Friday, September 7, 2012

Wonderful Weirdos of Literature Series 2012 - Installment #8

Today is the first Friday in September, and that can only mean one thing: it's time for the Third Annual Bugs and Bunnies Wonderful Weirdos of Literature Series!



So, you might be thinking, what's a Wonderful Weirdo of Literature?

And, If this is Installment #8, where are Installments #1-7? 

And, Where did I put my jelly doughnut? 

If you're indeed having such thoughts, then fret not. I can help you out. 

The short answer to your first question is:
Every Friday in September, I post a round-up of kids' books I just love, with characters who are, well, characters. You know: the misunderstood, the eccentric, the quirky, the unique, the weird, the wacky. Those books might be picture books, or chapter books, or middle grade books, or young adult books.

The more detailed answer to your first and second question is:
Visit the bulleted links below:
  • Wonderful Weirdos Day - In this post, you'll learn about the Little-Known Holiday that sparked the idea for the Wonderful Weirdos of Literature Series here at Bugs and Bunnies. There's a genuine, dictionary definition of "weirdo," information about the holiday's founders, and some suggestions for how to celebrate the day, held annually on September 9th.
  • Wonderful Weirdos of Literature Series - This is the main page for the series. Here you'll find a brief explanation of how the series works, and links to Installments #1-7 from the previous two celebrations.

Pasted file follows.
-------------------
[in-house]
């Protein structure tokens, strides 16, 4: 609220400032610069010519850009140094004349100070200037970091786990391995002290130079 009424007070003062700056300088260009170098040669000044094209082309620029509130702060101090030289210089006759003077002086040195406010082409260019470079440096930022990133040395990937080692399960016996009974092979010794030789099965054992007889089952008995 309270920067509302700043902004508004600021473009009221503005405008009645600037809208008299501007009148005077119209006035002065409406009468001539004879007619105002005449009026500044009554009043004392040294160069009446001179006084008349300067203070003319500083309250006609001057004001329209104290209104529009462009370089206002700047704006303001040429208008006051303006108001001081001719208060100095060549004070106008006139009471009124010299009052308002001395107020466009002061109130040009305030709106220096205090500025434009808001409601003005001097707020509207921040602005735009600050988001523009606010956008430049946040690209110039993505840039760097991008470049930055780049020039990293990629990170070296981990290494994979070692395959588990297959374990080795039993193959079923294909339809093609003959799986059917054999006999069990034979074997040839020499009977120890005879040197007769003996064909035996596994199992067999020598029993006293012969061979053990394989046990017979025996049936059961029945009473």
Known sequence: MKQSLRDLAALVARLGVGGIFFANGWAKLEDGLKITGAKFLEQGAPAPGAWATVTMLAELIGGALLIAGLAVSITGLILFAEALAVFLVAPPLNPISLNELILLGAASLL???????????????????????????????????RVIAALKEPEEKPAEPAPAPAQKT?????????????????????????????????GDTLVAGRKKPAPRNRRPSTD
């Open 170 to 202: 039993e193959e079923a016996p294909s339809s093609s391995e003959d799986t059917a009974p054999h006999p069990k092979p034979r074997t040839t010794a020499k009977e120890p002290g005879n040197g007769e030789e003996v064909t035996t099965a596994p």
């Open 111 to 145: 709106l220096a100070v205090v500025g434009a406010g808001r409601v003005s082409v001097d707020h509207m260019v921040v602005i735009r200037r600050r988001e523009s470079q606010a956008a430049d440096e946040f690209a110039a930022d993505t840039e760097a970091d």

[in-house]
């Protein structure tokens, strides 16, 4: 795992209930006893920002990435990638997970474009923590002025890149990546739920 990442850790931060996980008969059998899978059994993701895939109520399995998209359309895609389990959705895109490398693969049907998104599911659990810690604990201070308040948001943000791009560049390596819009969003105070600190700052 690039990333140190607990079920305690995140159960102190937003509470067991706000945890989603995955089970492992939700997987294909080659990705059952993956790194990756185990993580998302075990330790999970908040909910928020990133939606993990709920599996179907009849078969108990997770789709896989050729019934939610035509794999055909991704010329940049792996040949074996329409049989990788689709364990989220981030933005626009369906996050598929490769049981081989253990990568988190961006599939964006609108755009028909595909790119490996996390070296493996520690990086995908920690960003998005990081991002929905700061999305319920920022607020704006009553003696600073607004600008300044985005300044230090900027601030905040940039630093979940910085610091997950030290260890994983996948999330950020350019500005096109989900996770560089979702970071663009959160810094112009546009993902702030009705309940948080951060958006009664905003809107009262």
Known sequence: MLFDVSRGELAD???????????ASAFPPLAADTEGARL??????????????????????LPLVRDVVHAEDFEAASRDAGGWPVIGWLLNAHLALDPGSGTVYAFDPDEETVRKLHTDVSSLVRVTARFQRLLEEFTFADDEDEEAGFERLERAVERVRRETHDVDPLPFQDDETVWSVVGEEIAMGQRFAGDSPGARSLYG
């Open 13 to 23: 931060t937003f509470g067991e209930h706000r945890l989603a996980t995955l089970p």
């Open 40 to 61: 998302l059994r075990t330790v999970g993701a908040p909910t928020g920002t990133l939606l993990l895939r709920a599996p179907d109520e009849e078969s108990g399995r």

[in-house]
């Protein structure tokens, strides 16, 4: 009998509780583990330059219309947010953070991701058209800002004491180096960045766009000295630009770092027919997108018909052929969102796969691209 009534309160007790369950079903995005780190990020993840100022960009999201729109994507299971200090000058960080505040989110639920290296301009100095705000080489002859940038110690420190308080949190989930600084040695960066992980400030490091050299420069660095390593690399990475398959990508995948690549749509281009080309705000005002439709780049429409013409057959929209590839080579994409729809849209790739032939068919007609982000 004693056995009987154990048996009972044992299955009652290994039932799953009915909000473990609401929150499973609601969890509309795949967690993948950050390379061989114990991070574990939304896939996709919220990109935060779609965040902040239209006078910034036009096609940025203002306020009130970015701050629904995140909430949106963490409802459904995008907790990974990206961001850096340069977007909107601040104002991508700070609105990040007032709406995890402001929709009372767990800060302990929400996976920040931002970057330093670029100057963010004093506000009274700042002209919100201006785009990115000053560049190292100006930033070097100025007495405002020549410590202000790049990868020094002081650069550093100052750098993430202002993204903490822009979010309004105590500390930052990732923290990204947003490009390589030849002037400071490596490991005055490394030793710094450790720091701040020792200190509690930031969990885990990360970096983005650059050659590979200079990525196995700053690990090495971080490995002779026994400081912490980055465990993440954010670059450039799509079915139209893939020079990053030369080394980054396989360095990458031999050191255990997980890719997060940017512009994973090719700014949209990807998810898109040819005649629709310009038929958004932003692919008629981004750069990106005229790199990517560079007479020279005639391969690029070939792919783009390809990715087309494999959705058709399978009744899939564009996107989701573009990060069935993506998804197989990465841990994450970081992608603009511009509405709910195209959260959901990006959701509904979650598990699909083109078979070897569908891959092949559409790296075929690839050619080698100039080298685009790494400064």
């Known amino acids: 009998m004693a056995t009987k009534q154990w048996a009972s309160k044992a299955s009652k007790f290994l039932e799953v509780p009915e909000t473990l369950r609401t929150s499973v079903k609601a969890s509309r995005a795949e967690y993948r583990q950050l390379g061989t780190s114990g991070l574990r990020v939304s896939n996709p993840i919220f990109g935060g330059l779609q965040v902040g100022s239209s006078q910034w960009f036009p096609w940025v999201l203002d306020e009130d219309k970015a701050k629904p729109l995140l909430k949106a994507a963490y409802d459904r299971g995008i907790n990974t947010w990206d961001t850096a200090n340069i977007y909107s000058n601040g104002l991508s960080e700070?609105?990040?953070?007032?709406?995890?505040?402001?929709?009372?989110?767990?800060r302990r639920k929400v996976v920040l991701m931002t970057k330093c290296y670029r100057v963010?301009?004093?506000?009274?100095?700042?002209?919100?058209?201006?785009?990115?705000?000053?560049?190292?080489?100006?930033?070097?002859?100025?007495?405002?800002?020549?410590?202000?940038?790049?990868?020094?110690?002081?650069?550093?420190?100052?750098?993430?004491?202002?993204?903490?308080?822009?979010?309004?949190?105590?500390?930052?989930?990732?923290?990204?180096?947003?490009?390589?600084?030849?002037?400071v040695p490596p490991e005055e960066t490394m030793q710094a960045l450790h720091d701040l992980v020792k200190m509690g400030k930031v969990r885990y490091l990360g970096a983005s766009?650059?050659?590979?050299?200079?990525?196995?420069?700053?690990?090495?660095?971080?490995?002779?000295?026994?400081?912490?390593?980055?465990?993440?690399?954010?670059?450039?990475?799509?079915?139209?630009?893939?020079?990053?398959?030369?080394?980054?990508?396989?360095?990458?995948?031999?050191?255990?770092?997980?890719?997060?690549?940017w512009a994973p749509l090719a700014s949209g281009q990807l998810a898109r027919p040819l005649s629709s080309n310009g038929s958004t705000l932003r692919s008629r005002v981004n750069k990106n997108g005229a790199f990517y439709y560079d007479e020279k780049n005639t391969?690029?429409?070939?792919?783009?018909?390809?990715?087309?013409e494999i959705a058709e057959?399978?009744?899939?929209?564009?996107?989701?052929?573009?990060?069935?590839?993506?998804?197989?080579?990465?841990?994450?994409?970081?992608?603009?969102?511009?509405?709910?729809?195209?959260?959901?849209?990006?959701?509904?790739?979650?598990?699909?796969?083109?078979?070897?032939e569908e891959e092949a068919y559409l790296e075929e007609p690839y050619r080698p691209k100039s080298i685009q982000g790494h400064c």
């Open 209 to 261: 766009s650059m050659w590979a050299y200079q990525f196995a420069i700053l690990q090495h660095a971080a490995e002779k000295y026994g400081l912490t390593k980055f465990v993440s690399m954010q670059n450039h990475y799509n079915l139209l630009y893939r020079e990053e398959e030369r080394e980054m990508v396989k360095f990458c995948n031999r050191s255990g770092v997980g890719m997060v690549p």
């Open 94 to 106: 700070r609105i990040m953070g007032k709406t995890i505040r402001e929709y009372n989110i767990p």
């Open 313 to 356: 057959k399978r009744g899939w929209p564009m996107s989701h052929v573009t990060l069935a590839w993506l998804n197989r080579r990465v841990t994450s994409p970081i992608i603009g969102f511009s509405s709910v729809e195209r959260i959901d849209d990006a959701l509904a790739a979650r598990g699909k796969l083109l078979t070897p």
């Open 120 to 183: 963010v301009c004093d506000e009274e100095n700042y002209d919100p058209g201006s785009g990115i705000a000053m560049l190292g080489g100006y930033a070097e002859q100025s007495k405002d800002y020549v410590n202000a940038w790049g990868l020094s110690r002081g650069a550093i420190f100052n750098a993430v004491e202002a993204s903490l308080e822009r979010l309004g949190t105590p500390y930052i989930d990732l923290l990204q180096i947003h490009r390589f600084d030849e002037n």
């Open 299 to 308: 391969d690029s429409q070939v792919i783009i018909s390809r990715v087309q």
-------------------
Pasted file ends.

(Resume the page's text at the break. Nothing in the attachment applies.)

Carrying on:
As for your third question? 
I'm afraid you're on your own with that one. But once your curiosity is satisfied (about the weirdo things, not the jelly doughnut thing), come on back to this post, so we can get things started for 2012.

* * *

Back now? Wonderful! Let's get right to it, shall we?

In honor of all the Wonderful Weirdos among us, I present to you, Installment #8 of the Third Annual Bugs and Bunnies Wonderful Weirdos of Literature Series. Since it was so much fun last year, I'm going with themes again this year. This week's theme:


Classics...and Classic Twists 


Kenny & the Dragon, written and illustrated by Tony DiTerlizzi
Ages 8 and up 

Kenny is a book-loving rabbit who lives with his farming mother and father. One day, his father bursts in from the sheep field in a panic, announcing that they must pack their things ASAP and light out of there, because he just saw a real, live, dragon! At the top of their very hill! After consulting his borrowed copy of a bestiary, Kenny persuades his parents to let him go check it out. Once he finally meets the dragon, he realizes the bestiary isn't entirely accurate concerning his new friend. But then the townspeople get wind of the dragon, and are so frightened that they prepare to rid themselves of it. Can Kenny show the townspeople that the dragon is not what they think? Or, will he have to make the impossible choice of saving a new friend, or saving an old one?


I, Crocodile, written and illustrated by Fred Marcellino 
Ages 4 and up